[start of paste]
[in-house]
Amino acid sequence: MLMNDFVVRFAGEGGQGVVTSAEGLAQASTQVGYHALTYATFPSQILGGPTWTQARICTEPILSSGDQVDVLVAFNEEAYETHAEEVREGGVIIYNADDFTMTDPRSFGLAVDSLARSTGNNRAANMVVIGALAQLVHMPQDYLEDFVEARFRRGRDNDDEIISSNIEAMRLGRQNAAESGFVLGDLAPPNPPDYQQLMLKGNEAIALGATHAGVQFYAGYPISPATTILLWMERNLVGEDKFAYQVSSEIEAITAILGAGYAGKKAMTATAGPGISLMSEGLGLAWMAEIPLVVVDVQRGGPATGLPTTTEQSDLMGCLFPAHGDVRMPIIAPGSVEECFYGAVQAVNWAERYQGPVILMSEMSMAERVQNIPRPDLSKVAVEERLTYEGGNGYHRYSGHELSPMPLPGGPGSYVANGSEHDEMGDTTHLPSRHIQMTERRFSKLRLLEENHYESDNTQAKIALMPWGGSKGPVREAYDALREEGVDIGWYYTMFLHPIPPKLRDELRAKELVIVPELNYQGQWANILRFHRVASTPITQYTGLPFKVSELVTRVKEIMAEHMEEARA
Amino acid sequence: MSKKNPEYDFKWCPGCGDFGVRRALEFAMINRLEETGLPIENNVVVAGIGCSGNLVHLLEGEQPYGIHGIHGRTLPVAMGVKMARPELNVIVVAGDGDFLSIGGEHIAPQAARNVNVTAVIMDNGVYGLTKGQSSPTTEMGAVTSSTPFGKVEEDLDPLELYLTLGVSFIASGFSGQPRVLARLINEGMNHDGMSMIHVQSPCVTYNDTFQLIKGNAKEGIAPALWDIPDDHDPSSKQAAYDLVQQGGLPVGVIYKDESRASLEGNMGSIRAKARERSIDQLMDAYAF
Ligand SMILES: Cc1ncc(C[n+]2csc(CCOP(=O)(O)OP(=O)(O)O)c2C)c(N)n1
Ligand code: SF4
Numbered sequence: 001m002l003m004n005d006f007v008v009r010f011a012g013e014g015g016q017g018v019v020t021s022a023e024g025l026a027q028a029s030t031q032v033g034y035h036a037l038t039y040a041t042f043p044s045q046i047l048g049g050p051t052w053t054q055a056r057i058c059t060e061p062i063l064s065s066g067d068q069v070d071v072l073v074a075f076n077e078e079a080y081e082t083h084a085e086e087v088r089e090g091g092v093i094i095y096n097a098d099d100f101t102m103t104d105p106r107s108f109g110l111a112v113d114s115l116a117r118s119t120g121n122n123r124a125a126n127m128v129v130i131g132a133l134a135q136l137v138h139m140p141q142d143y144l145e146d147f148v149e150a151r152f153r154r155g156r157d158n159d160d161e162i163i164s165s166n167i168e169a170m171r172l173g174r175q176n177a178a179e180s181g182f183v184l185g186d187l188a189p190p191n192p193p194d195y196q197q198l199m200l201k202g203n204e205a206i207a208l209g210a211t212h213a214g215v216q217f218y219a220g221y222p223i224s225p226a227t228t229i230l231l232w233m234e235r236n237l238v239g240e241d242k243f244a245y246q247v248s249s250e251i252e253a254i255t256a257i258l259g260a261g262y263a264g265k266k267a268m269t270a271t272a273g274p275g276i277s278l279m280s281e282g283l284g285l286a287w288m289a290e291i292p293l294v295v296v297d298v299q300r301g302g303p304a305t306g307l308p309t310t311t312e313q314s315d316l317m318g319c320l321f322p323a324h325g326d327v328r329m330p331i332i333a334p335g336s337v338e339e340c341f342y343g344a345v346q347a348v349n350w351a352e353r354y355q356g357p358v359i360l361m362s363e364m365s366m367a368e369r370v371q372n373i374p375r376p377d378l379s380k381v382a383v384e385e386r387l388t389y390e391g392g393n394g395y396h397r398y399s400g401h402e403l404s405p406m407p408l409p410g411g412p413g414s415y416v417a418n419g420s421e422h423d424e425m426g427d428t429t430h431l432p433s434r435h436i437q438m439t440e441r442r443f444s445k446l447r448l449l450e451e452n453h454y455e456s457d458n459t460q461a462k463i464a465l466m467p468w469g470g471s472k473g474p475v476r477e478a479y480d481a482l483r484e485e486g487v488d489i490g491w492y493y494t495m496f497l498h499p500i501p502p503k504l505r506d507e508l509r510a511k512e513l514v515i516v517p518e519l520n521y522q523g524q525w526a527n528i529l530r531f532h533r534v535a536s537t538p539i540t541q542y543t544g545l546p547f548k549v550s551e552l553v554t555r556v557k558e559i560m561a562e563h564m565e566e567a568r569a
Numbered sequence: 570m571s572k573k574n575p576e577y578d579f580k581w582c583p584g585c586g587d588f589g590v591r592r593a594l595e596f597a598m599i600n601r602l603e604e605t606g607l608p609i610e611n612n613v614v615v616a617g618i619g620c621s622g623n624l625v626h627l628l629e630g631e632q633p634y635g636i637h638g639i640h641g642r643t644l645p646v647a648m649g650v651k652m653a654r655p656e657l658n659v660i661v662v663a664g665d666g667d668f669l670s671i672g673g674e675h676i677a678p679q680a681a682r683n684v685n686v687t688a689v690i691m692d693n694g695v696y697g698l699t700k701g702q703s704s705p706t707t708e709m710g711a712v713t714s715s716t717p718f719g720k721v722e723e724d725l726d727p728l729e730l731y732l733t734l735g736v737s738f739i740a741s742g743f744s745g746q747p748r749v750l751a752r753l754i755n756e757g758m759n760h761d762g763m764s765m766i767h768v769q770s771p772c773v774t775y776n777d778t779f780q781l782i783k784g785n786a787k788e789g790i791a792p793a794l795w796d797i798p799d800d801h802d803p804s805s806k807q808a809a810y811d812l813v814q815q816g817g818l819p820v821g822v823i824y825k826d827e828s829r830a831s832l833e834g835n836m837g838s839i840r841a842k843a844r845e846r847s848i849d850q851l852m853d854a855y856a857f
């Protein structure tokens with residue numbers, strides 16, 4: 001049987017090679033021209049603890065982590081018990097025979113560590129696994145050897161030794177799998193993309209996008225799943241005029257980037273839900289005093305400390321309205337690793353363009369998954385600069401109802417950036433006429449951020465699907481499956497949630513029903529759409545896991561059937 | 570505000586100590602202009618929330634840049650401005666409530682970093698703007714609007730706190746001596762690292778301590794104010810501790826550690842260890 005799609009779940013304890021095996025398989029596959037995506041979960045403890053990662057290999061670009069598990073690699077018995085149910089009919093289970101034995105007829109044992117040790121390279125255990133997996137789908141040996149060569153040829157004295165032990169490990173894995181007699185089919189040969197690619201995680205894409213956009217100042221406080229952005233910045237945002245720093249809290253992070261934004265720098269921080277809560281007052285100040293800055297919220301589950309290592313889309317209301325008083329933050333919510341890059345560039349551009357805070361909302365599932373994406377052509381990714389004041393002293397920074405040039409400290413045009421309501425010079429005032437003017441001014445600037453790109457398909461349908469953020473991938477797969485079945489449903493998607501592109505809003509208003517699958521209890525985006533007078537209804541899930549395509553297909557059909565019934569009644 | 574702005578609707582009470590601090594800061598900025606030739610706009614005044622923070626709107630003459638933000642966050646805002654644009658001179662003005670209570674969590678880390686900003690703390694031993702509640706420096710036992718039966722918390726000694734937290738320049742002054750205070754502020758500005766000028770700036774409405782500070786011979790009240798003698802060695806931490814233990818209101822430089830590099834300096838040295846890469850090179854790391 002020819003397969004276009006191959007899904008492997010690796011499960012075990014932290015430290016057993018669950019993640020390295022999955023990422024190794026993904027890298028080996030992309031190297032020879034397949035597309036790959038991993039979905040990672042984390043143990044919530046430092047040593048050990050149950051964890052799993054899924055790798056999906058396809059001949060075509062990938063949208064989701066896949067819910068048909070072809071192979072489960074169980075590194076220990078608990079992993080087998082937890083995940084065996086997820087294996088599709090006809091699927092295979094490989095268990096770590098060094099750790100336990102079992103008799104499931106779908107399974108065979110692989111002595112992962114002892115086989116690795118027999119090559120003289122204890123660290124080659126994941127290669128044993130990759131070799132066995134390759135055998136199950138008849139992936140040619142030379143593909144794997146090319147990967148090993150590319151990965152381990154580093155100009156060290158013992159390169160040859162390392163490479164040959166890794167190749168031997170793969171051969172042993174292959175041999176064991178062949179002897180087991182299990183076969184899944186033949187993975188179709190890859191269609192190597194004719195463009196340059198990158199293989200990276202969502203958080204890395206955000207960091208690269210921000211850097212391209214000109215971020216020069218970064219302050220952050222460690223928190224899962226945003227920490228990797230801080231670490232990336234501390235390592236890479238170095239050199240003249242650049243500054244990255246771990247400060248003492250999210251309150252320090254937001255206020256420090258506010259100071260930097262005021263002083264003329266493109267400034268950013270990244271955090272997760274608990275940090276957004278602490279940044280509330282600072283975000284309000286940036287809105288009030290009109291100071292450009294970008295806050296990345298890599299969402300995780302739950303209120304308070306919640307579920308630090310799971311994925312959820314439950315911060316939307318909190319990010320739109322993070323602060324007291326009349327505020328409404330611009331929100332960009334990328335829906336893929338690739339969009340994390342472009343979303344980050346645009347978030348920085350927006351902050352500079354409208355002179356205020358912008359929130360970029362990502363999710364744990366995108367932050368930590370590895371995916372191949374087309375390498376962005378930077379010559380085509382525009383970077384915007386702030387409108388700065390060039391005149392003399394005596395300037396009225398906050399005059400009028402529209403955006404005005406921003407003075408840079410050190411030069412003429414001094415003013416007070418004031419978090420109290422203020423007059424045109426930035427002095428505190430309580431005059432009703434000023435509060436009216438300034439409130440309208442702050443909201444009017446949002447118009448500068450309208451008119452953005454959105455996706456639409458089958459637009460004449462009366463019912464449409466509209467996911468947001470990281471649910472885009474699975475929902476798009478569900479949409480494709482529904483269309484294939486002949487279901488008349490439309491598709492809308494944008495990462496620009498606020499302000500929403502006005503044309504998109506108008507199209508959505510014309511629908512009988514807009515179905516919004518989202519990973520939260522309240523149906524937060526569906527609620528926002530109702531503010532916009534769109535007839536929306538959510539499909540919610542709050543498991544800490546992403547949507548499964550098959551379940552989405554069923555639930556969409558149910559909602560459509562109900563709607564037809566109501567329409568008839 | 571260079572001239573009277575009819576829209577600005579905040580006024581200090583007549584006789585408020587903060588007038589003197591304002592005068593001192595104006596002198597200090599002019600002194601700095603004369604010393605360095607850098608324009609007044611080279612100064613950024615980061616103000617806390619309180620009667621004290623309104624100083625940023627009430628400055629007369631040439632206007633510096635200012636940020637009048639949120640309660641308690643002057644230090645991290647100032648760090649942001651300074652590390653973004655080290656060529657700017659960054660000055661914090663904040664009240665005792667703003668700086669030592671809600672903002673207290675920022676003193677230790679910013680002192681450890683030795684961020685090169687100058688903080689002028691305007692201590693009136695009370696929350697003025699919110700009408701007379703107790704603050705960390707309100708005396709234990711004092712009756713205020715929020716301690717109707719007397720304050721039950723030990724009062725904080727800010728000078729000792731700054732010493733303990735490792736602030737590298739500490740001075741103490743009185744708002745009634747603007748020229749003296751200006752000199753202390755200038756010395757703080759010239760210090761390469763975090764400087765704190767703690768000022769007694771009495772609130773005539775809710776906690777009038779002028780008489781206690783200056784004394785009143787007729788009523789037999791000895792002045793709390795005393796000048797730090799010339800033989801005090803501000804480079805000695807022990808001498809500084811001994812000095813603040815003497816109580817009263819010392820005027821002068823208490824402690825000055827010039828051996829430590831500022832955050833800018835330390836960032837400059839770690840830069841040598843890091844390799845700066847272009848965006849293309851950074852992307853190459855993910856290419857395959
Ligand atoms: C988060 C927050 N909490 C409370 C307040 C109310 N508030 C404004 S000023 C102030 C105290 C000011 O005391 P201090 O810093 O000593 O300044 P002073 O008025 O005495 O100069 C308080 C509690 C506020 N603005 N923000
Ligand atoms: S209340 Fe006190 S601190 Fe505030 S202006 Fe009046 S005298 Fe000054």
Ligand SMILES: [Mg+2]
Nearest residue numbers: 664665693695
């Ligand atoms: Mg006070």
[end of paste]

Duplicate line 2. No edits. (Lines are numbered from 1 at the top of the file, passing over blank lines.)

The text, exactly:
Amino acid sequence: MLMNDFVVRFAGEGGQGVVTSAEGLAQASTQVGYHALTYATFPSQILGGPTWTQARICTEPILSSGDQVDVLVAFNEEAYETHAEEVREGGVIIYNADDFTMTDPRSFGLAVDSLARSTGNNRAANMVVIGALAQLVHMPQDYLEDFVEARFRRGRDNDDEIISSNIEAMRLGRQNAAESGFVLGDLAPPNPPDYQQLMLKGNEAIALGATHAGVQFYAGYPISPATTILLWMERNLVGEDKFAYQVSSEIEAITAILGAGYAGKKAMTATAGPGISLMSEGLGLAWMAEIPLVVVDVQRGGPATGLPTTTEQSDLMGCLFPAHGDVRMPIIAPGSVEECFYGAVQAVNWAERYQGPVILMSEMSMAERVQNIPRPDLSKVAVEERLTYEGGNGYHRYSGHELSPMPLPGGPGSYVANGSEHDEMGDTTHLPSRHIQMTERRFSKLRLLEENHYESDNTQAKIALMPWGGSKGPVREAYDALREEGVDIGWYYTMFLHPIPPKLRDELRAKELVIVPELNYQGQWANILRFHRVASTPITQYTGLPFKVSELVTRVKEIMAEHMEEARA